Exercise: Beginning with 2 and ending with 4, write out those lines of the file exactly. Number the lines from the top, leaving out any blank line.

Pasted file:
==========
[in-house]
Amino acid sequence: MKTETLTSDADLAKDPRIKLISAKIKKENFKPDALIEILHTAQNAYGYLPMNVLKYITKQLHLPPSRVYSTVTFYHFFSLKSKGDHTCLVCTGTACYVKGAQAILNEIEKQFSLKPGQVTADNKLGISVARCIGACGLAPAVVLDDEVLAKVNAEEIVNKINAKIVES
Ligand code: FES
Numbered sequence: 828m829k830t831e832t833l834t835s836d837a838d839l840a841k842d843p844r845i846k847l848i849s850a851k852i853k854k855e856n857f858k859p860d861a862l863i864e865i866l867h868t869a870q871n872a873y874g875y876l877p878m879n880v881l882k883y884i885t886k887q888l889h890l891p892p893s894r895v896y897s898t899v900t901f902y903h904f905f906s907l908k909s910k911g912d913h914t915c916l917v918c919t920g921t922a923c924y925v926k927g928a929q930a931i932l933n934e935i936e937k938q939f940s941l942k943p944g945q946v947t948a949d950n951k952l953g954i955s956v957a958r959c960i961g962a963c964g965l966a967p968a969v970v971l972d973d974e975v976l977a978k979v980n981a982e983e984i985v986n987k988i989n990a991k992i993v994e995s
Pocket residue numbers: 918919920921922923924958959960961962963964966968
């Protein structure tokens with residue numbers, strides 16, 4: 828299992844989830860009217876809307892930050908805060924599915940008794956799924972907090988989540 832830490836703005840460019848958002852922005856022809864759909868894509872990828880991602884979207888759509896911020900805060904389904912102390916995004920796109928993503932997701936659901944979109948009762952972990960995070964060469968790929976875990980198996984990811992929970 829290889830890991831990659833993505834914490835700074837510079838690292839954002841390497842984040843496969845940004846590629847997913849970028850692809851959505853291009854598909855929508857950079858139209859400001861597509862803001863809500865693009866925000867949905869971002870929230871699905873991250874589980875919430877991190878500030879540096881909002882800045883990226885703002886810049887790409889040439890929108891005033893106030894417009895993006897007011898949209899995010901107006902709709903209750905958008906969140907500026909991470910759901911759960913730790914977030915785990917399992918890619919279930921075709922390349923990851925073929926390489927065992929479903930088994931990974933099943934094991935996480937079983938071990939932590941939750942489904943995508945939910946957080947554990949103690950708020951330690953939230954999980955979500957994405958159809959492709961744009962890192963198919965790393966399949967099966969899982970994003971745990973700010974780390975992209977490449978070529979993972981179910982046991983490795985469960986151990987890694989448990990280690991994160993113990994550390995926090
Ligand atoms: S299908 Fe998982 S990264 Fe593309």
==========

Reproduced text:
Amino acid sequence: MKTETLTSDADLAKDPRIKLISAKIKKENFKPDALIEILHTAQNAYGYLPMNVLKYITKQLHLPPSRVYSTVTFYHFFSLKSKGDHTCLVCTGTACYVKGAQAILNEIEKQFSLKPGQVTADNKLGISVARCIGACGLAPAVVLDDEVLAKVNAEEIVNKINAKIVES
Ligand code: FES
Numbered sequence: 828m829k830t831e832t833l834t835s836d837a838d839l840a841k842d843p844r845i846k847l848i849s850a851k852i853k854k855e856n857f858k859p860d861a862l863i864e865i866l867h868t869a870q871n872a873y874g875y876l877p878m879n880v881l882k883y884i885t886k887q888l889h890l891p892p893s894r895v896y897s898t899v900t901f902y903h904f905f906s907l908k909s910k911g912d913h914t915c916l917v918c919t920g921t922a923c924y925v926k927g928a929q930a931i932l933n934e935i936e937k938q939f940s941l942k943p944g945q946v947t948a949d950n951k952l953g954i955s956v957a958r959c960i961g962a963c964g965l966a967p968a969v970v971l972d973d974e975v976l977a978k979v980n981a982e983e984i985v986n987k988i989n990a991k992i993v994e995s